By Mark Shortt

One company is known for molding complex, engineering-grade thermoplastic materials. Another has carved a niche in multi-axis machining complex parts in titanium, Inconel, and other exotic materials. A third is an established injection molder of advanced ceramic parts. What do these three job shops—ASH Industries™, L&R Precision Tooling, Inc., and Ceramco, Inc., respectively—all have in common?

All three are parts manufacturers that regularly produce high-performance parts—many of them made using advanced materials—that are capable of withstanding rigorous, and often harsh, application environments. The companies responded to a recent Design-2-Part questionnaire about materials innovations and the use of advanced materials in parts manufacturing.

ASH Industries (https://www.ashindustries.com/), in business since 1991 and located in Lafayette, Louisiana, is known for its thermoplastic injection molding and metal injection molding (MIM) expertise, as well as liquid injection molding (LIM) and rotational molding. The company molds complex, engineering grade material, including PEEK, liquid crystal polymer, Ultem, and other high-end, high performance medical- and industrial-grade plastics. ASH also manufactures stainless steel parts for small medical devices, siting systems for advanced weapons, and small components for handgun actions.

In a written response to the D2P survey, Hartie Spence, president of ASH Industries, said that metal injection molding (MIM) components have the advantage of performing similarly to cast metal materials, but without the secondary operations. They can also save substantial handling and additional machining costs, he added.

As for thermoplastic materials, properties have advanced to the point where some materials can “live” at 320 degrees F perpetually, he said, or exhibit tensile strengths of 40,000 psi. Others show little to no shrinkage. Spence said that in some cases, ASH has been able to apply the use of thermoplastics in areas that were traditionally dominated by higher cost metals.

“We have used these materials (thermoplastics) to replace structural steel or aluminum in highly corrosive environments to meet ‘no spark’ requirements, or even to reduce weight in complex systems,” he wrote.

L&R Precision Tooling Inc., an AS9100 D and ISO 9001:2015 certified machine job shop in Lynchburg, Virginia, performs 7- , 5- , and 4-axis machining of exotic materials, including titanium, Inconel, and Super Duplex. The company also machines waveguide blocks, which are later gold plated, and plastics such as acrylics, G10, Teflon, and Delrin.

L&R Precision Tooling  (http://www.lrprecisiontooling.com/) has produced parts like titanium base plates for submarine antenna systems, Inconel housings used in deep oil well drilling, and complex, tight-tolerance parts for NASA. The company has also machined parts for use in surgical, night vision, fiber optic, nuclear plant inspection, and filtration products.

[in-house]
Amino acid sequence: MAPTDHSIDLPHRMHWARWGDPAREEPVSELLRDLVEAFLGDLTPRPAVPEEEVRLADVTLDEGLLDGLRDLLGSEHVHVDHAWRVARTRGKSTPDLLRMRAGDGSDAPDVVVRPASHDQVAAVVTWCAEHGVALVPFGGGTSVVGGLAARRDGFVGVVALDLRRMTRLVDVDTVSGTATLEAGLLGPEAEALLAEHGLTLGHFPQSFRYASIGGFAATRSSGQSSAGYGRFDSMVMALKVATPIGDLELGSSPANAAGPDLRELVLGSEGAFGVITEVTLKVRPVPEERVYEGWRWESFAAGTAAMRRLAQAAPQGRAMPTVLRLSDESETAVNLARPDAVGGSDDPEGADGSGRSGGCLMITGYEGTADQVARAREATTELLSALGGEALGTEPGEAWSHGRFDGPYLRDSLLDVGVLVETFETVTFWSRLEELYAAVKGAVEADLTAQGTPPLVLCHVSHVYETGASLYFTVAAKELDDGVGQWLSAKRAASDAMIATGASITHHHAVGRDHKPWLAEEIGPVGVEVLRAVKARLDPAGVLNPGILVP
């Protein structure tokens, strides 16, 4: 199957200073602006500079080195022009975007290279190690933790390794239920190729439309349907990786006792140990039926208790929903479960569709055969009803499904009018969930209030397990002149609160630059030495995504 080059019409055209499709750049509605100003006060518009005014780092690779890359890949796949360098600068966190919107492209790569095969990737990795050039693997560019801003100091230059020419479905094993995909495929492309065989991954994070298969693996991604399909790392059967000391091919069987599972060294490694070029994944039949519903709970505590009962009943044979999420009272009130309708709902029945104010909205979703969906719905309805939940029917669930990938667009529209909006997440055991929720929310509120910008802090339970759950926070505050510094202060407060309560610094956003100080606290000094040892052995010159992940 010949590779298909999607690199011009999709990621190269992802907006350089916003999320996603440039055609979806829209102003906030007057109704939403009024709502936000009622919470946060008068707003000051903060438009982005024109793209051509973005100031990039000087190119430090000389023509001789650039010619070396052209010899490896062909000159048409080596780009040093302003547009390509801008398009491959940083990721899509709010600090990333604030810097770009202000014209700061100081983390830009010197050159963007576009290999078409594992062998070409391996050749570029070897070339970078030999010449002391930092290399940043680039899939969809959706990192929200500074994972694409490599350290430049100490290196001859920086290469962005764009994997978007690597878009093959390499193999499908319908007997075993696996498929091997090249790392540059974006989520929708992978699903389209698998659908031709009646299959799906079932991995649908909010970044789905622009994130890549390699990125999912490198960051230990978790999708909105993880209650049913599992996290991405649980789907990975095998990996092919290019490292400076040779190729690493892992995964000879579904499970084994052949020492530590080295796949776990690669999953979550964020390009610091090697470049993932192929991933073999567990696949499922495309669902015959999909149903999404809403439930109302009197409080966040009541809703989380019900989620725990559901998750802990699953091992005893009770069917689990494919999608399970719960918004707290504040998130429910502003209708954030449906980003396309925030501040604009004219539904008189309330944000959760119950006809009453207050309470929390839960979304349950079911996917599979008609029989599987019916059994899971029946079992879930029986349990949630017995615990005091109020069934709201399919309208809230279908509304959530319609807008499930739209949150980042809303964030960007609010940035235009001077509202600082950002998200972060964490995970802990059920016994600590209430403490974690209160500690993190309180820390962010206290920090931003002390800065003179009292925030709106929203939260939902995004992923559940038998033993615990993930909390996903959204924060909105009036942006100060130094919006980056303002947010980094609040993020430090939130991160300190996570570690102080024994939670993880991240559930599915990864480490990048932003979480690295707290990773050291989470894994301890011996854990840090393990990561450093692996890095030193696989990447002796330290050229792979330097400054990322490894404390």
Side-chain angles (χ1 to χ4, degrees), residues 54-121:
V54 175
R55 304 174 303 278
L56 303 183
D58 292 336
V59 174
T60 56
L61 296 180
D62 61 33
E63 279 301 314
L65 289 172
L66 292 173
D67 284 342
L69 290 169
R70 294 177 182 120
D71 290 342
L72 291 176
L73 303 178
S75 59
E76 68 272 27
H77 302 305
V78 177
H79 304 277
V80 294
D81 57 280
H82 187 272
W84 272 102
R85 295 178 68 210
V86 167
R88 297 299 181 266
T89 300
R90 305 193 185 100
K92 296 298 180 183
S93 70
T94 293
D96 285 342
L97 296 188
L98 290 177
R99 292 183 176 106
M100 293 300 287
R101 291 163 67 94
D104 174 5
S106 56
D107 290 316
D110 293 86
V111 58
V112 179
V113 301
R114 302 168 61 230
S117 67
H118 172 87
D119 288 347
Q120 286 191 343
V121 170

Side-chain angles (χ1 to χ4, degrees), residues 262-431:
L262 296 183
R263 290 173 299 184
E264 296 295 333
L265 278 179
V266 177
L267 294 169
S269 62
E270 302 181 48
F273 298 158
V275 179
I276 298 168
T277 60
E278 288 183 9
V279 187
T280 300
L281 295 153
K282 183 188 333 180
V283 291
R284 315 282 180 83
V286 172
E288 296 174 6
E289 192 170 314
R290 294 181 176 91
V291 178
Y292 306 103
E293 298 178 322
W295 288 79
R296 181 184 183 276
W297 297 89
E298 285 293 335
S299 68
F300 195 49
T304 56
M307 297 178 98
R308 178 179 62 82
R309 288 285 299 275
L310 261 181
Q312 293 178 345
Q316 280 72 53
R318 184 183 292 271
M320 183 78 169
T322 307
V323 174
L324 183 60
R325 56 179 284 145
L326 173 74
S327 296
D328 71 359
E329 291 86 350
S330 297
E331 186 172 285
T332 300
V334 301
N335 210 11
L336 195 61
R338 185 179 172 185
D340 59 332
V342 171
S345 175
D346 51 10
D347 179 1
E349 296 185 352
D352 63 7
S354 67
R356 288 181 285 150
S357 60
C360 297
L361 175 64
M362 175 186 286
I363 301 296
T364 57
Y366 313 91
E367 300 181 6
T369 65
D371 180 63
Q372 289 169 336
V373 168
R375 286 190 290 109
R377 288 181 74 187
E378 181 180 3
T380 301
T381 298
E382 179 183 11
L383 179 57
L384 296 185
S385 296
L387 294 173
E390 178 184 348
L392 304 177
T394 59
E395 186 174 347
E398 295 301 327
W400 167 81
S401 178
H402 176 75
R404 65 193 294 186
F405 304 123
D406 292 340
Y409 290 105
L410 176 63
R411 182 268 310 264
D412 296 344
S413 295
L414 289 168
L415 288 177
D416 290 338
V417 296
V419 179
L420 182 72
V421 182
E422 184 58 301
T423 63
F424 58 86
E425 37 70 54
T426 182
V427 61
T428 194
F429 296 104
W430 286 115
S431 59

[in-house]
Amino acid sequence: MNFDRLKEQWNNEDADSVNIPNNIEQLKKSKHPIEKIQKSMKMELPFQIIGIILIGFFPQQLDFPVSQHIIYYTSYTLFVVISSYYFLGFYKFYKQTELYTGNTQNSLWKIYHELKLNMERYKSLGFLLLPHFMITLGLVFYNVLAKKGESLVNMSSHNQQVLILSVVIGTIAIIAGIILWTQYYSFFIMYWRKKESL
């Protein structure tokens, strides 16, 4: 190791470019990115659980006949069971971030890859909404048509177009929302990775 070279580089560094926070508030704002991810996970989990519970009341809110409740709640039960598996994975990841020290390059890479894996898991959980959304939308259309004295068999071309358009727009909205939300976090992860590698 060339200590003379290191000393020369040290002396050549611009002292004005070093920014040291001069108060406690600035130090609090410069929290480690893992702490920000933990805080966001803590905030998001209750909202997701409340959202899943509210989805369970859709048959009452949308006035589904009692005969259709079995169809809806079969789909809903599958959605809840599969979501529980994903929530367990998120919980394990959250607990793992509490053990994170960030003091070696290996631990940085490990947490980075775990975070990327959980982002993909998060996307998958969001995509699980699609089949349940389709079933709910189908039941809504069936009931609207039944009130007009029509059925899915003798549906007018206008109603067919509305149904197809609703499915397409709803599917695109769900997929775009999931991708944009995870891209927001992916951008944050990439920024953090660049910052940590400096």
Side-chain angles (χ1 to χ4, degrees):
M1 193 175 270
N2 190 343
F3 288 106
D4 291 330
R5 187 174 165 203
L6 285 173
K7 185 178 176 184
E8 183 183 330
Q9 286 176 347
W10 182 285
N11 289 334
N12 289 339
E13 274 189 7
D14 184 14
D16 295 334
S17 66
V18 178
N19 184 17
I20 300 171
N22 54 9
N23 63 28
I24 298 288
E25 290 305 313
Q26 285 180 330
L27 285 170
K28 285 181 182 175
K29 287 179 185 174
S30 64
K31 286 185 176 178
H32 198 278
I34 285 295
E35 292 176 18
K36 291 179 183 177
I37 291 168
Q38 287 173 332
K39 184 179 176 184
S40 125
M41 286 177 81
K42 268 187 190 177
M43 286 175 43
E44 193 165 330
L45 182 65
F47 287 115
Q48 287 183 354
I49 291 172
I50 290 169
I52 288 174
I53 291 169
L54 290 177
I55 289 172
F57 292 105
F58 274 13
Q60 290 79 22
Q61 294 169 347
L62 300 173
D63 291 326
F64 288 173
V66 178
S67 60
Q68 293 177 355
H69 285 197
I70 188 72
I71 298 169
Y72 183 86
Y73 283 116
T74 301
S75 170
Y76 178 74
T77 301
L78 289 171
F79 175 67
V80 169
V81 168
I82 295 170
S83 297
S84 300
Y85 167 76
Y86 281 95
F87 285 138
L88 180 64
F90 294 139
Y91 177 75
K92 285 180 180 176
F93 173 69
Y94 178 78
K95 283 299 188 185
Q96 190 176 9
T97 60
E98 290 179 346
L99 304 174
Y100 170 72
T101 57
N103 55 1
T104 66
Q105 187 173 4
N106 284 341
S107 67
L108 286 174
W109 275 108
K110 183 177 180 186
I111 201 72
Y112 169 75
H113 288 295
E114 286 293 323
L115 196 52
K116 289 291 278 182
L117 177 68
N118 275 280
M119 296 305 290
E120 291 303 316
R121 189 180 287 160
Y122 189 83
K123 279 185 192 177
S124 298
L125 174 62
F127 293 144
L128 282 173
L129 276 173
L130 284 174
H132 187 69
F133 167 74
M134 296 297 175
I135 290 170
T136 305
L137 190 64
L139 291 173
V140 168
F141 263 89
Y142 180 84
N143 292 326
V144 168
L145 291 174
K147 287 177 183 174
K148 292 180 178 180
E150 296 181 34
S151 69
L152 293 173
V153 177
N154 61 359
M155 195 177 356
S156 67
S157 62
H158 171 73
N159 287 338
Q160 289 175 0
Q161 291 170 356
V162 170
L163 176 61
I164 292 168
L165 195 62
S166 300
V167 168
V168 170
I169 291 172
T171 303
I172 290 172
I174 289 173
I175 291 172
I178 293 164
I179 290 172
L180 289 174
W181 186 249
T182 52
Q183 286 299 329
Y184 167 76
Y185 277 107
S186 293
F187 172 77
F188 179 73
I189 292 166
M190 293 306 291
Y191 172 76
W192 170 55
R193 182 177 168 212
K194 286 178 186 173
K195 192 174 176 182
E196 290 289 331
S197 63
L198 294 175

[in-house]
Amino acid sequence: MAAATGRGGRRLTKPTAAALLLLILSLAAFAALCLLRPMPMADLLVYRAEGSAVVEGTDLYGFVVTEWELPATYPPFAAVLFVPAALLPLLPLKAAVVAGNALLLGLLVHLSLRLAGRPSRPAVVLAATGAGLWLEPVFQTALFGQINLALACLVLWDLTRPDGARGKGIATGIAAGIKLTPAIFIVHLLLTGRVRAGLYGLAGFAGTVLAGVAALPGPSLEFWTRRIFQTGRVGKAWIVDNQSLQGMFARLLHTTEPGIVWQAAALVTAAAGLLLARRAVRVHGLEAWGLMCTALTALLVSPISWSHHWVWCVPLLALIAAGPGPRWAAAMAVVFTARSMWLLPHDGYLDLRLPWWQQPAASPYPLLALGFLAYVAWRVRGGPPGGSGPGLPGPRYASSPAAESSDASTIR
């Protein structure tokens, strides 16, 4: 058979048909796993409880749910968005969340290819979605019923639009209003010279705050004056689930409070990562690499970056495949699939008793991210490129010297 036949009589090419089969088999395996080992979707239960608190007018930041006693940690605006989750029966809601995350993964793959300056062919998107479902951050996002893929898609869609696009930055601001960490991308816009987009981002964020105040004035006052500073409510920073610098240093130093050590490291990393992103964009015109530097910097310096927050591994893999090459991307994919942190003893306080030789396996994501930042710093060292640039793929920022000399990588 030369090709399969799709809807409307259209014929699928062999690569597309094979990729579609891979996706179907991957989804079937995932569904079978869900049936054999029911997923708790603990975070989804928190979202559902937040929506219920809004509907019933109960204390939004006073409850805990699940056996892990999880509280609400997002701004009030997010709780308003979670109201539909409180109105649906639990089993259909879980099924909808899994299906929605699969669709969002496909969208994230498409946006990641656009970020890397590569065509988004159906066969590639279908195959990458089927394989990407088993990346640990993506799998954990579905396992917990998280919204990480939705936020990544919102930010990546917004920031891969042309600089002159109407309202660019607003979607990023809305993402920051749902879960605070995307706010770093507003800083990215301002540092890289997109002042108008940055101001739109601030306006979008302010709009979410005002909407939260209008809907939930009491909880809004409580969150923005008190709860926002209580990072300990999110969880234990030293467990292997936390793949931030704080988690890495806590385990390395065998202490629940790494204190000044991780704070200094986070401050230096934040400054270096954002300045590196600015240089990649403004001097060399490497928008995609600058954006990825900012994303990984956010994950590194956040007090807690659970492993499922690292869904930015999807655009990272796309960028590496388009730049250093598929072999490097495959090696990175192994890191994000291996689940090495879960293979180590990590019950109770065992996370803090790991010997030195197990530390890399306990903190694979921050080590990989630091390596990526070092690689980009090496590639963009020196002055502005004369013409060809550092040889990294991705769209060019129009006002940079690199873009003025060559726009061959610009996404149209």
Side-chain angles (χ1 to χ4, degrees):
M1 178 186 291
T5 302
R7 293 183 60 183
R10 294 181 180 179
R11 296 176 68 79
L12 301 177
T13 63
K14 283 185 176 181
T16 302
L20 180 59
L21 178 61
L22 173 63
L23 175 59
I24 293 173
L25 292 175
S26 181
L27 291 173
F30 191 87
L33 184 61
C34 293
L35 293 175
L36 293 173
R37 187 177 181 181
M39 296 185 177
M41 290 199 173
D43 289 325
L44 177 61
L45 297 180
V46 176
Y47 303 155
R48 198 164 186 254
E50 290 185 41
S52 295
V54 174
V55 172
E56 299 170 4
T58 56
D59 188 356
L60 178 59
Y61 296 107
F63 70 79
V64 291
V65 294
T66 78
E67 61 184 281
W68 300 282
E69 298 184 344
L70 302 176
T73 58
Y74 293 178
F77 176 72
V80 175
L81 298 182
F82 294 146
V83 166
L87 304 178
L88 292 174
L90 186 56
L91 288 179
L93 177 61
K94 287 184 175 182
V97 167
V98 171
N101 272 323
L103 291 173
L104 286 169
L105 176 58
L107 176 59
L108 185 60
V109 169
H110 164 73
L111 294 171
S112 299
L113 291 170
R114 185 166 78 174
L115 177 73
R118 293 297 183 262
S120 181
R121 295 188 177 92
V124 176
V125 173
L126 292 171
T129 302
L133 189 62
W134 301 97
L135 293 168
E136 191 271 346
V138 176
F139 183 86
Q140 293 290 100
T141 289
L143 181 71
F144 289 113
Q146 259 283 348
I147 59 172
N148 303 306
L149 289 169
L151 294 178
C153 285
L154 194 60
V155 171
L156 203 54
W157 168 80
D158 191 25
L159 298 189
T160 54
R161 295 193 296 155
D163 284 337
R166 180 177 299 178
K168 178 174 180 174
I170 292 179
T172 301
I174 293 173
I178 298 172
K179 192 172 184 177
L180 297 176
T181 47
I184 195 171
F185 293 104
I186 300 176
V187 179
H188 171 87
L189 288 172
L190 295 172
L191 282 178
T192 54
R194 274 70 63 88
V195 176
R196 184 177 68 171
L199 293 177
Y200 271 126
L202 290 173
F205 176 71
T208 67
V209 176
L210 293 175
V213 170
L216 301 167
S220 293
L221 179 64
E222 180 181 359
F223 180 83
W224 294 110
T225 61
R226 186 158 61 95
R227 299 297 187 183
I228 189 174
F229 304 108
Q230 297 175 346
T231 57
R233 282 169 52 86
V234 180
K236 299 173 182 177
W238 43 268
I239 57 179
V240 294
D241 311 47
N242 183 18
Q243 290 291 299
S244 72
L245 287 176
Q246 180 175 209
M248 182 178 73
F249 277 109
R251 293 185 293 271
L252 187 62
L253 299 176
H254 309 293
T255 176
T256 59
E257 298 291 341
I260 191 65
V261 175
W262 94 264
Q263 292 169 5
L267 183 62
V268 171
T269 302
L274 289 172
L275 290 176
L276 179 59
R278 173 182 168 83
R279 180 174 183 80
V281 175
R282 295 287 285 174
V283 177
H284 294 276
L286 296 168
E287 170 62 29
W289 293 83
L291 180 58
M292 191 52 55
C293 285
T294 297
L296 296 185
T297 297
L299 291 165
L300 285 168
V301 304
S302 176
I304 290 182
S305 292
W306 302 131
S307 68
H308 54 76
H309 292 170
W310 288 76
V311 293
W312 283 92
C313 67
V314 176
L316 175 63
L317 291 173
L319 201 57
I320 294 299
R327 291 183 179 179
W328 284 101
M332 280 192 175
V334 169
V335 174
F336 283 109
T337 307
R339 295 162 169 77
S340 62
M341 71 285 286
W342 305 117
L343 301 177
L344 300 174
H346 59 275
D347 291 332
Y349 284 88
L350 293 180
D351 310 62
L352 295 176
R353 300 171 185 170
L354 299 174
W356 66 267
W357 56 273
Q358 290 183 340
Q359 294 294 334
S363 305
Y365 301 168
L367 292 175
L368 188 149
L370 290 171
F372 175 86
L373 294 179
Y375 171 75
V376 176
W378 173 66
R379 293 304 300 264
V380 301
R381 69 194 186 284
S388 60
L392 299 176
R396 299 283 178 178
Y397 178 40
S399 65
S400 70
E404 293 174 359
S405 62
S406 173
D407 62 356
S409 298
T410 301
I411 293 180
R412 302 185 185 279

“The baseplates receive anodizing after machining as well, and it’s a light weight alloy, able   to withstand virtually any external damage from heat, chemical, environmental, industrial or corrosive contaminants,” wrote Chris Coffey, vice president of business development for L& R Precision Tooling, in a response to the survey. “The material is perfect for many fabricated sub-assemblies that require low weight, high strength and long service life.”

Ceramco, Inc. (http://www.ceramcoceramics.com/), of Center Conway, New Hampshire, has particular expertise in injection molding of advanced ceramics, including such materials as alumina, zirconia, silicon nitride, aluminum nitride, and fused silica. Thomas Henriksen, president of Ceramco, said that ceramics can be used where plastics and metals fail to perform in an application. Beneficial characteristics of the materials include high service temperature, excellent wear properties, and high resistance to corrosion. They also offer electrical resistance, high hardness, high toughness, biocompatibility, and chemical inertness.

“We made a ceramic that looks and performs like graphite, but it is lower cost and more durable,” Henriksen wrote. “We have ceramic fasteners which are used in critical applications where traditional fasteners do not perform.”

Henriksen added that additive manufacturing of ceramics has given customers access to advanced ceramics, with short lead times and no tooling required. In the future, he’d like to see additional ceramic materials become available for additive manufacturing.  Other areas of R&D that he believes hold promise for manufacturers include micro-scale ceramic parts and improved precision in the net shaping of ceramics.

ASH’s Spence, meanwhile, believes that current research in the area of high-strength memory thermoplastic materials looks promising. He’d also like to see the development of MIM materials in aluminum, brass, and copper.

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